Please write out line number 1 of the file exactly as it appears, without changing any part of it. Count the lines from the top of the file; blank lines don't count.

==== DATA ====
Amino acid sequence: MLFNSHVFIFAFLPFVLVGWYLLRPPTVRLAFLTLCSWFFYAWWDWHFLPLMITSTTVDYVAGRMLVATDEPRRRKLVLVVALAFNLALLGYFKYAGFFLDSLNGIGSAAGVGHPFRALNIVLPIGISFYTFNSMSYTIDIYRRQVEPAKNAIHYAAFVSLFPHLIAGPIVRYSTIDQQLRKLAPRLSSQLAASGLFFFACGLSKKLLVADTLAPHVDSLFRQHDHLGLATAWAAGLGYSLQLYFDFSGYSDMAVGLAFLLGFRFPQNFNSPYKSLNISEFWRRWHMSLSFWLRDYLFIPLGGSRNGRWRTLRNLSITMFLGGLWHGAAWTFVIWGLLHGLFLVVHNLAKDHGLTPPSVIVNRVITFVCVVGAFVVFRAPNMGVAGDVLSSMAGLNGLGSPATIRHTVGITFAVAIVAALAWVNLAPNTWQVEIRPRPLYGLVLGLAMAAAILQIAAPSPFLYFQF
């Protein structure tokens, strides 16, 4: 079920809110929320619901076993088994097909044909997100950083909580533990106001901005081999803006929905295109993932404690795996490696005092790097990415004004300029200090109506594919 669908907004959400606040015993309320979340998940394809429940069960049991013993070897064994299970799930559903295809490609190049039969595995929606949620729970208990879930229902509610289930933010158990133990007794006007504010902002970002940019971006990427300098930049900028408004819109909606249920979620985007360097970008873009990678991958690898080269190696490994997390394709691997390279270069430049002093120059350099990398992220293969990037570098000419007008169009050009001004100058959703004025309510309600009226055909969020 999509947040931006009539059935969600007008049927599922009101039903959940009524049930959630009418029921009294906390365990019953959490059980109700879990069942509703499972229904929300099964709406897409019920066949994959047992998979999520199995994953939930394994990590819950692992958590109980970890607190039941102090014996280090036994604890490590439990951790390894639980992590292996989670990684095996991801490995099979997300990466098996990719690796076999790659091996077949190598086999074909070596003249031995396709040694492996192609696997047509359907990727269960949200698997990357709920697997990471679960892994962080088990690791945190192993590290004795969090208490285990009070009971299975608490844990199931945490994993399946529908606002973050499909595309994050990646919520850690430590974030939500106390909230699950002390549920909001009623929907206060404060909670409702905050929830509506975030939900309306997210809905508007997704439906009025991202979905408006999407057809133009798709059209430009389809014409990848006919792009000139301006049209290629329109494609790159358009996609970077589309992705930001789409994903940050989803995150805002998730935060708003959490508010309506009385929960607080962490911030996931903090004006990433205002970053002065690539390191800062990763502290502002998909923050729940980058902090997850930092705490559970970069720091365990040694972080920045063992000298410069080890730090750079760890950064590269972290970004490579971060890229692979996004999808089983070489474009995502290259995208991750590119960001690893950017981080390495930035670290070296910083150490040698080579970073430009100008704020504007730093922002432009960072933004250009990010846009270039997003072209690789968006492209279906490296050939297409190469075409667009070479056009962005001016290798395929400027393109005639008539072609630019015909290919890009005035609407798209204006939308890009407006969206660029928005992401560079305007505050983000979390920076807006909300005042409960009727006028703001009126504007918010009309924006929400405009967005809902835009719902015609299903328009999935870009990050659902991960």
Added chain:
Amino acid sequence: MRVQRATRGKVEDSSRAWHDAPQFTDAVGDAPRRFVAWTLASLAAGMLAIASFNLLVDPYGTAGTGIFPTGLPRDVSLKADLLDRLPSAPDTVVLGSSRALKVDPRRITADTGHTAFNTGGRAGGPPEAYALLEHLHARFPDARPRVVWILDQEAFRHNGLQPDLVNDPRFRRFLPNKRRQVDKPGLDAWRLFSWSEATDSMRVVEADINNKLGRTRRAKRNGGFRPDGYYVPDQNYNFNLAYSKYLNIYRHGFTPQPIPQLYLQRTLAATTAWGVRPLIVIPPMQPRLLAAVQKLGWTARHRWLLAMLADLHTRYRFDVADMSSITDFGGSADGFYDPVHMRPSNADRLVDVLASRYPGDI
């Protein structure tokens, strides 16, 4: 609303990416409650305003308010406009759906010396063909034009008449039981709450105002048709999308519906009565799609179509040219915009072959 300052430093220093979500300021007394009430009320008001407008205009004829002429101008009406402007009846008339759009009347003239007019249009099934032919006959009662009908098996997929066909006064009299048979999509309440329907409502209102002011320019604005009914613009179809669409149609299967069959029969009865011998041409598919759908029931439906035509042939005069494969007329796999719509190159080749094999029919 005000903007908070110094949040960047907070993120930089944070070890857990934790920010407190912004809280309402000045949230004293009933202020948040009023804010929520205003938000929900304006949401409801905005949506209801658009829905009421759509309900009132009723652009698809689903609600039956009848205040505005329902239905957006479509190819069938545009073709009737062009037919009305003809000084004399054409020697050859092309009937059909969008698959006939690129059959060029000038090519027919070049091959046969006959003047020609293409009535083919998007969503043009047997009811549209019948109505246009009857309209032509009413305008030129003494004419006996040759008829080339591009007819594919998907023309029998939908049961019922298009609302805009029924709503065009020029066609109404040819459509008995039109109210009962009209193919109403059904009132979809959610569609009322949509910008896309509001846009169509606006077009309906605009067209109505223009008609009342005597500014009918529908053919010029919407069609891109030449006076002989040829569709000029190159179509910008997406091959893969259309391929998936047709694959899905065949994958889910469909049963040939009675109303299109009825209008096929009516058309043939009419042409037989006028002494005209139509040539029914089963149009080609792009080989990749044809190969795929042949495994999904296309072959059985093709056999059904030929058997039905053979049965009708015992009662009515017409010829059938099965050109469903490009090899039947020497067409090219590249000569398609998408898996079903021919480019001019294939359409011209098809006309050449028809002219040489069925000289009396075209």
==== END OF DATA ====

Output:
Amino acid sequence: MLFNSHVFIFAFLPFVLVGWYLLRPPTVRLAFLTLCSWFFYAWWDWHFLPLMITSTTVDYVAGRMLVATDEPRRRKLVLVVALAFNLALLGYFKYAGFFLDSLNGIGSAAGVGHPFRALNIVLPIGISFYTFNSMSYTIDIYRRQVEPAKNAIHYAAFVSLFPHLIAGPIVRYSTIDQQLRKLAPRLSSQLAASGLFFFACGLSKKLLVADTLAPHVDSLFRQHDHLGLATAWAAGLGYSLQLYFDFSGYSDMAVGLAFLLGFRFPQNFNSPYKSLNISEFWRRWHMSLSFWLRDYLFIPLGGSRNGRWRTLRNLSITMFLGGLWHGAAWTFVIWGLLHGLFLVVHNLAKDHGLTPPSVIVNRVITFVCVVGAFVVFRAPNMGVAGDVLSSMAGLNGLGSPATIRHTVGITFAVAIVAALAWVNLAPNTWQVEIRPRPLYGLVLGLAMAAAILQIAAPSPFLYFQF